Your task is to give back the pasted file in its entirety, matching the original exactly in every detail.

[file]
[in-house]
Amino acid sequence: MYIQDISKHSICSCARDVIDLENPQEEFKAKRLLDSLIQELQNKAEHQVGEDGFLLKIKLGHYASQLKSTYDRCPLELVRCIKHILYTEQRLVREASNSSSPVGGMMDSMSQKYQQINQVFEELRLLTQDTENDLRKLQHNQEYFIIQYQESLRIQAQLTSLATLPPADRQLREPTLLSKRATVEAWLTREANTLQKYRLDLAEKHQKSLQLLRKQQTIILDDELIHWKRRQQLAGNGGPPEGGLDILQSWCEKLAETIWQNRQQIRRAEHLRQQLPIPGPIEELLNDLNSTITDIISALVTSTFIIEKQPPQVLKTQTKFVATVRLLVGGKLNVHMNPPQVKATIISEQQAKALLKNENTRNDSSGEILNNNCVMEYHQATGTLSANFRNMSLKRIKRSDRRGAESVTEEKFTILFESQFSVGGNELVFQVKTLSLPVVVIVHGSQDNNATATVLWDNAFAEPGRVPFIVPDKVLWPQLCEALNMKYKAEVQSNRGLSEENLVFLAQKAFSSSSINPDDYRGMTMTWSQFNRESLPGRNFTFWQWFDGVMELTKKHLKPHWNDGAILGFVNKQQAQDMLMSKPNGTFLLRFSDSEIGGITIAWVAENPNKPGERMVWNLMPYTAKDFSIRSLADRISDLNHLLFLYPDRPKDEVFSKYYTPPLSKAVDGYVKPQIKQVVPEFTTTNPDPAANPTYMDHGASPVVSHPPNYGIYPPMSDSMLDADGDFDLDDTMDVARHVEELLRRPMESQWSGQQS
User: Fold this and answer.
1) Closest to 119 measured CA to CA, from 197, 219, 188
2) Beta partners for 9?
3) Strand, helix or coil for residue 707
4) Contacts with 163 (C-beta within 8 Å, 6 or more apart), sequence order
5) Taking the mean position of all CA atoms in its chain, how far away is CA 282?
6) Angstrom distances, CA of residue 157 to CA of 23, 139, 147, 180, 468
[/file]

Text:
[in-house]
Amino acid sequence: MYIQDISKHSICSCARDVIDLENPQEEFKAKRLLDSLIQELQNKAEHQVGEDGFLLKIKLGHYASQLKSTYDRCPLELVRCIKHILYTEQRLVREASNSSSPVGGMMDSMSQKYQQINQVFEELRLLTQDTENDLRKLQHNQEYFIIQYQESLRIQAQLTSLATLPPADRQLREPTLLSKRATVEAWLTREANTLQKYRLDLAEKHQKSLQLLRKQQTIILDDELIHWKRRQQLAGNGGPPEGGLDILQSWCEKLAETIWQNRQQIRRAEHLRQQLPIPGPIEELLNDLNSTITDIISALVTSTFIIEKQPPQVLKTQTKFVATVRLLVGGKLNVHMNPPQVKATIISEQQAKALLKNENTRNDSSGEILNNNCVMEYHQATGTLSANFRNMSLKRIKRSDRRGAESVTEEKFTILFESQFSVGGNELVFQVKTLSLPVVVIVHGSQDNNATATVLWDNAFAEPGRVPFIVPDKVLWPQLCEALNMKYKAEVQSNRGLSEENLVFLAQKAFSSSSINPDDYRGMTMTWSQFNRESLPGRNFTFWQWFDGVMELTKKHLKPHWNDGAILGFVNKQQAQDMLMSKPNGTFLLRFSDSEIGGITIAWVAENPNKPGERMVWNLMPYTAKDFSIRSLADRISDLNHLLFLYPDRPKDEVFSKYYTPPLSKAVDGYVKPQIKQVVPEFTTTNPDPAANPTYMDHGASPVVSHPPNYGIYPPMSDSMLDADGDFDLDDTMDVARHVEELLRRPMESQWSGQQS
User: Fold this and answer.
1) Closest to 119 measured CA to CA, from 197, 219, 188
2) Beta partners for 9?
3) Strand, helix or coil for residue 707
4) Contacts with 163 (C-beta within 8 Å, 6 or more apart), sequence order
5) Taking the mean position of all CA atoms in its chain, how far away is CA 282?
6) Angstrom distances, CA of residue 157 to CA of 23, 139, 147, 180, 468